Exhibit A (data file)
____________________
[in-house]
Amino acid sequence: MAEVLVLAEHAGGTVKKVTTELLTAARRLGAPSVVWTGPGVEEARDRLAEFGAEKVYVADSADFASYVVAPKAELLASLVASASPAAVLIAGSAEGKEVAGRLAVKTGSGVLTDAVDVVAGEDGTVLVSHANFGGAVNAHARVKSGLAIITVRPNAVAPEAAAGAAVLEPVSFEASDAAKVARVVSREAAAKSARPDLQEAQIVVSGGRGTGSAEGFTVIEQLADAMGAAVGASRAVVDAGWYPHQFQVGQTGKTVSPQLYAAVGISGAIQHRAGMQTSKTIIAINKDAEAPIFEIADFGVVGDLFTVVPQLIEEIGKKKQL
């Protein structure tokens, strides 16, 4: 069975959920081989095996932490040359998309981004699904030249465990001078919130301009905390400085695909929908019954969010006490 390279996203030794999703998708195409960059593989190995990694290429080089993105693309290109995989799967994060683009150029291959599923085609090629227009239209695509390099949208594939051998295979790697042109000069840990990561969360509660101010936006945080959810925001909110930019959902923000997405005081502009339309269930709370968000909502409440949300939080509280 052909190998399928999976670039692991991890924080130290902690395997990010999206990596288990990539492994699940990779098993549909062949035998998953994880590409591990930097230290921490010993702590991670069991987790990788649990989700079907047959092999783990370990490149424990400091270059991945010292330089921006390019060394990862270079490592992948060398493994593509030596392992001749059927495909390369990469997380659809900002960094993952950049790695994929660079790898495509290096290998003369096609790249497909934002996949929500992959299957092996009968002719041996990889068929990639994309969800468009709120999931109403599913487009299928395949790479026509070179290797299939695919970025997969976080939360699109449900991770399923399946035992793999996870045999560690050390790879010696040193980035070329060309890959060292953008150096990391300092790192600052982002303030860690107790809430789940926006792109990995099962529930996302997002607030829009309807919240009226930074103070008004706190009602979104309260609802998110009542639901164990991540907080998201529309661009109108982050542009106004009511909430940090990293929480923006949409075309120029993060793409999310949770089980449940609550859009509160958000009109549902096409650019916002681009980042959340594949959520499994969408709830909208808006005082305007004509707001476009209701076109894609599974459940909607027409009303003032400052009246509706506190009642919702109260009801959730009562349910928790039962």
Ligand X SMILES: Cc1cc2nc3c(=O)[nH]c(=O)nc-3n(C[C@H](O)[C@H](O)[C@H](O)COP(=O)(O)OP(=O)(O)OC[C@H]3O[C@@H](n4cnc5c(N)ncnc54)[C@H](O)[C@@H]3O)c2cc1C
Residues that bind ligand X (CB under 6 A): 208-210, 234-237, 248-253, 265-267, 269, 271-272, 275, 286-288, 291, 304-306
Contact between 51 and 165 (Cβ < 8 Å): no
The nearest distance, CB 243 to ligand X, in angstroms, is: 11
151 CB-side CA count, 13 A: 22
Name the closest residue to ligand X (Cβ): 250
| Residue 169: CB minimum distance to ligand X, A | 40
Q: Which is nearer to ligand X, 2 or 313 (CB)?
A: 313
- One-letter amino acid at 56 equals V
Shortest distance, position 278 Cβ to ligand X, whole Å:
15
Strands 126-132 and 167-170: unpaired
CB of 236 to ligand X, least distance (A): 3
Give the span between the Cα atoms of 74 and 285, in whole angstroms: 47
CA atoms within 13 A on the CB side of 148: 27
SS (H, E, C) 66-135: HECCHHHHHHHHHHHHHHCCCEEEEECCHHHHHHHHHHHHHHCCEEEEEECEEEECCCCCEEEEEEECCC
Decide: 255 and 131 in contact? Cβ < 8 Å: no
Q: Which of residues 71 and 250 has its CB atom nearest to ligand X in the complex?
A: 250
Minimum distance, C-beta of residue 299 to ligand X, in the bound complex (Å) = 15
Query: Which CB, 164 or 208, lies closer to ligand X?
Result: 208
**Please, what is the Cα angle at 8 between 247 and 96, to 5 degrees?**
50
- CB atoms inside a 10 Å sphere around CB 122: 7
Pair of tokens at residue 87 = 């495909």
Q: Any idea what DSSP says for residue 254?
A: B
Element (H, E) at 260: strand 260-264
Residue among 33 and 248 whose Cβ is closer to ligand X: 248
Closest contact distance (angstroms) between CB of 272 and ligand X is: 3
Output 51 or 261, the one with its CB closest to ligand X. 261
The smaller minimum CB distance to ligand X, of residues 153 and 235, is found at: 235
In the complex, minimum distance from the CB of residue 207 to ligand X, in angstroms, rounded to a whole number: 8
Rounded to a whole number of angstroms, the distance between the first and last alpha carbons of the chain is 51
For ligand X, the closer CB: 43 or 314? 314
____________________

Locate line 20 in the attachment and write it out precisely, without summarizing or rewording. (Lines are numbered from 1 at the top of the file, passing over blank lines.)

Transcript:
SS (H, E, C) 66-135: HECCHHHHHHHHHHHHHHCCCEEEEECCHHHHHHHHHHHHHHCCEEEEEECEEEECCCCCEEEEEEECCC